Three misconceptions about ERP metrics
Let’s take a look at a few common approaches to ERP metrics and give them some thought. Are they all universally useful? When should we deprioritize them in favor of more relevant ERP analytics? We break down some key misconceptions below...
1. ERP dashboards will lead us to paradise
Extracting data from many legacy ERP systems was difficult and spreadsheets were the most popular way to present the data. Likely many of your users were looking forward to the ability to generate powerful dashboards directly from the new ERP. After all, those same users watched in awe as the demonstrator showed how easily it could be done many months ago.
Reality will set in quickly. The demo ERP dashboard was quickly developed and no one told you that it took weeks to get the data ready and then an expert in presentations to make it look lively and match the company image. Your ERP dashboards will be as powerful if you ensure they are truly focused on the specific goals for the group. In your accounts receivable group, for example, a goal to reduce overdue accounts is not the same as a goal to reduce average days outstanding. The accounts your collectors call on might be different depending on which goal is yours. The dashboard used to monitor their effectiveness must reflect the necessary activities.
2. The ERP metrics we set during selection are set in stone
When you and your team were evaluating ERP systems a long time ago there was a set of requirements you developed. Most of these requirements had some gain associated with them and you used those gains and the avoidance of expenses to justify the ERP. Is the ERP a success because all of those benefits have now accrued? Probably not – One of your customers wanted their own portal to enter orders quickly. But you found an alternate solution that works and perfectly meets the customer’s desire. The return on investment you used then was based on your best estimates and now you have precise amounts for most of the estimates. Is the ERP a failure because some benefits might have been overestimated or costs forecasted too optimistically?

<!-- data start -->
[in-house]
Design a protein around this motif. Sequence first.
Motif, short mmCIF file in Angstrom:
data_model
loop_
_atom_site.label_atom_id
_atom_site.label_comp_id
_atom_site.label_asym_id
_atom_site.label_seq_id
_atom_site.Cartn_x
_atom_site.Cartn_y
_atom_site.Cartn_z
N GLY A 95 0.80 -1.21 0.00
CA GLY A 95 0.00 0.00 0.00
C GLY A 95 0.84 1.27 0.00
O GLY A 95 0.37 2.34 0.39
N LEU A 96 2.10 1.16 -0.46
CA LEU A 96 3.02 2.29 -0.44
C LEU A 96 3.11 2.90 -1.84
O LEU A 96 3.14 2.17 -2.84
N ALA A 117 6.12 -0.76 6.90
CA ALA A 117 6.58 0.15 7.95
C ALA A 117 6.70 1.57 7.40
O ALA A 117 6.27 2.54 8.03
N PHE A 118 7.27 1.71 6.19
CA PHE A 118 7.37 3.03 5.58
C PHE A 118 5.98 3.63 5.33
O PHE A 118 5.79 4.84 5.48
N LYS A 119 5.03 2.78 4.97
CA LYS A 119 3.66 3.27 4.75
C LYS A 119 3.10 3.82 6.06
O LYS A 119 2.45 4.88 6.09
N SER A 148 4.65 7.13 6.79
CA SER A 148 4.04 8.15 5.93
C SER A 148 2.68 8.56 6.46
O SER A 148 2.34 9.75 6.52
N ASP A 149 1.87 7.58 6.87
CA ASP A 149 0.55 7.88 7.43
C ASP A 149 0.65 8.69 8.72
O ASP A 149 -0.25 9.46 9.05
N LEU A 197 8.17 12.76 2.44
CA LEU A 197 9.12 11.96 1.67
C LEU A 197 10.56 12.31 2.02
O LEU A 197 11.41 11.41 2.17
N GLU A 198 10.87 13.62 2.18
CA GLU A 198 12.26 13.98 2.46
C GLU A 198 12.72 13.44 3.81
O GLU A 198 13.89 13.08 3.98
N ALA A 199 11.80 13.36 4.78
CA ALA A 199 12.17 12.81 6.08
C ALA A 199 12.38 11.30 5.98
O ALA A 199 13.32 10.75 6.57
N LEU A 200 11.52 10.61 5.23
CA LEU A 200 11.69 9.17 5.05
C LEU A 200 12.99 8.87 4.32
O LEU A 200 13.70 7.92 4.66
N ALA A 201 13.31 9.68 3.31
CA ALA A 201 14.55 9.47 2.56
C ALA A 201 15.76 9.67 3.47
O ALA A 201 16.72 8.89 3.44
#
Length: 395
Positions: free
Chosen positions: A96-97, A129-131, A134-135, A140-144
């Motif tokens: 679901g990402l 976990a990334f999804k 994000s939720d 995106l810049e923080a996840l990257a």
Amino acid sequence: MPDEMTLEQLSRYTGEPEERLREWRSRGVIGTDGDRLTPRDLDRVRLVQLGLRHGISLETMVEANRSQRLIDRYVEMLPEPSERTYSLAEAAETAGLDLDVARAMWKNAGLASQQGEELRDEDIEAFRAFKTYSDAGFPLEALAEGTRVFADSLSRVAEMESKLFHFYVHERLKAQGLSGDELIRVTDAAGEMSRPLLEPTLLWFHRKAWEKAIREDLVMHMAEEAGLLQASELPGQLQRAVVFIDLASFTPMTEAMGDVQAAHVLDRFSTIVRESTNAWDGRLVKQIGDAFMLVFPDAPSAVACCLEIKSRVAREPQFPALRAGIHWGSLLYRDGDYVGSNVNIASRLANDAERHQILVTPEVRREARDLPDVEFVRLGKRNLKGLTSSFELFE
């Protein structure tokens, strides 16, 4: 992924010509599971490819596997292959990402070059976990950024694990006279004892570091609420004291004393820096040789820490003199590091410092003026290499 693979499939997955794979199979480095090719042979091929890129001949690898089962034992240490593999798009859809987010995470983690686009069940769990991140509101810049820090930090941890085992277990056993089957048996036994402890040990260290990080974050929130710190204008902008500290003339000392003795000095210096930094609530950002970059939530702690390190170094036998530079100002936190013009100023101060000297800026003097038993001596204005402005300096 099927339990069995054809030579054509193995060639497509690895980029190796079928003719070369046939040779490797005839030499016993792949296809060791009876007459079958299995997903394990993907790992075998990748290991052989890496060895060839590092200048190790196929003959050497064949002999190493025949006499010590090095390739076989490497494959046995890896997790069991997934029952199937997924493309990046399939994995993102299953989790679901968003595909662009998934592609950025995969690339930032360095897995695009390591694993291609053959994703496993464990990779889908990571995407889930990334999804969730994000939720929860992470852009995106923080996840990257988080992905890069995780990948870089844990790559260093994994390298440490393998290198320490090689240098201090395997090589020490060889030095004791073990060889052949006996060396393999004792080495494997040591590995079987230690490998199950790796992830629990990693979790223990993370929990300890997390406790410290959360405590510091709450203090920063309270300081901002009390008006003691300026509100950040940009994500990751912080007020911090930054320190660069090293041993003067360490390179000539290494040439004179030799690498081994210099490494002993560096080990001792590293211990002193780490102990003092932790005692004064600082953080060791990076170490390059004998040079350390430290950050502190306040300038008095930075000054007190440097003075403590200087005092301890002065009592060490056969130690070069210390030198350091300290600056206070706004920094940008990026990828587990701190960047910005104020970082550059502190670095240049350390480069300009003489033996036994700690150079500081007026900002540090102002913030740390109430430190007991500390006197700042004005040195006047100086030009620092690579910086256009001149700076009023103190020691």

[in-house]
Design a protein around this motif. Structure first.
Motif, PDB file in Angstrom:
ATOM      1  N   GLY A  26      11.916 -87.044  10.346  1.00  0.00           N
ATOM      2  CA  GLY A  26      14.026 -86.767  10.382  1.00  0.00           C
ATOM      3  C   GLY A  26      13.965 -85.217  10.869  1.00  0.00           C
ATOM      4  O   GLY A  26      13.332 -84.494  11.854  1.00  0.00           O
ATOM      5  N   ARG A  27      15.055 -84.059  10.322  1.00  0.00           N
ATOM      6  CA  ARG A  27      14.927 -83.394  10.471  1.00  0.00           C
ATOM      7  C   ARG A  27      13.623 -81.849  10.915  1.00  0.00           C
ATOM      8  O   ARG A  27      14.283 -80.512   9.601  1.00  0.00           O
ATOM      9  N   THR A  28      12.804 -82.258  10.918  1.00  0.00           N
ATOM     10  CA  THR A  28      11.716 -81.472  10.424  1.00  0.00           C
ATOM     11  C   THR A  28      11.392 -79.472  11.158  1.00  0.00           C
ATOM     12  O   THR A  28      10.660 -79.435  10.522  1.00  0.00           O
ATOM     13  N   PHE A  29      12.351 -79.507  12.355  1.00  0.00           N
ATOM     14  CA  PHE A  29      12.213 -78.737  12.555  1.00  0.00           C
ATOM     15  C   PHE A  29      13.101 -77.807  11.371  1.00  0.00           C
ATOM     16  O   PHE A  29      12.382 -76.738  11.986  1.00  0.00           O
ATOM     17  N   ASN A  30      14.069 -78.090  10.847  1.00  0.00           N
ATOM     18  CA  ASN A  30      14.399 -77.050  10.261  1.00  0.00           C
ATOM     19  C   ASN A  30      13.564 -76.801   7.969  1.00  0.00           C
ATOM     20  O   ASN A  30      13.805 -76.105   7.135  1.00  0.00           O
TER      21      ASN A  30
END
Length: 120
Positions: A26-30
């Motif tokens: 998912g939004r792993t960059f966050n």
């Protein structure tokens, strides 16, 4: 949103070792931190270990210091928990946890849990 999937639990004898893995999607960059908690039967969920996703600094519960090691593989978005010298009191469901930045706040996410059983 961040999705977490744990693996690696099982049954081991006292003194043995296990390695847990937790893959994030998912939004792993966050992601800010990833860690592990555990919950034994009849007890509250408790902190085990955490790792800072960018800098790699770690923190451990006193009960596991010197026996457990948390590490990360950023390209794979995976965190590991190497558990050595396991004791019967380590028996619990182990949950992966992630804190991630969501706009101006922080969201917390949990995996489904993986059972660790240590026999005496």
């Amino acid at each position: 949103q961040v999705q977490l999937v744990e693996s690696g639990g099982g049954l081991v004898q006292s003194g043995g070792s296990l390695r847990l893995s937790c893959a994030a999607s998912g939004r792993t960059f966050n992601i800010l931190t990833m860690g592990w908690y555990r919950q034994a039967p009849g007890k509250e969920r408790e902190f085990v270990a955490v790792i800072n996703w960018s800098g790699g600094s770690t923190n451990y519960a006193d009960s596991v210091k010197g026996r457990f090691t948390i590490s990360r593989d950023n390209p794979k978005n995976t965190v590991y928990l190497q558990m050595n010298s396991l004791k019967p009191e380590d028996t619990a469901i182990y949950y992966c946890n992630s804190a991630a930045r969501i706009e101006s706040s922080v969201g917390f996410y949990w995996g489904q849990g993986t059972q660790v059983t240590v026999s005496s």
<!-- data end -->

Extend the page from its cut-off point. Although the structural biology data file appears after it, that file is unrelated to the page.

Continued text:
You are now using the ERP and there could be process changes that will pay off quickly that no one imagined a year ago. Some improvements change just because time passed - so corresponding ERP metrics should do so too. What are your needs today? How will you use your ERP to help achieve those needs? The ROI from your ERP system that truly counts is based on the benefits gained and costs avoided in the future because you used the ERP well.
3. ‘On time and on budget’ is all we should measure during implementation
On time and on budget are frequently used to judge whether an ERP implementation was successful. Any implementation is a long and expensive project and there certainly is a feeling it time to stop, rest, and say “Whew!”
In fact, the really important work is just beginning. Some of it is mundane, how do you measure whether new users are adequately trained, for example? Yet much of these ERP metrics are truly mission-critical – what will you measure tomorrow to ensure your business grows in revenue and margin for the next decade or longer. That is why you bought the system.
Think about counting the suggestions for improvements in the user interface. A standard search query will display some set of data. If a user asks for a slightly revised display you can be confident that the user sees a way to gain greater value from the ERP. If you can track your shop users spending more time at their shop tasks and less time reporting what they did, your ERP has increased your business’ capacity to produce.
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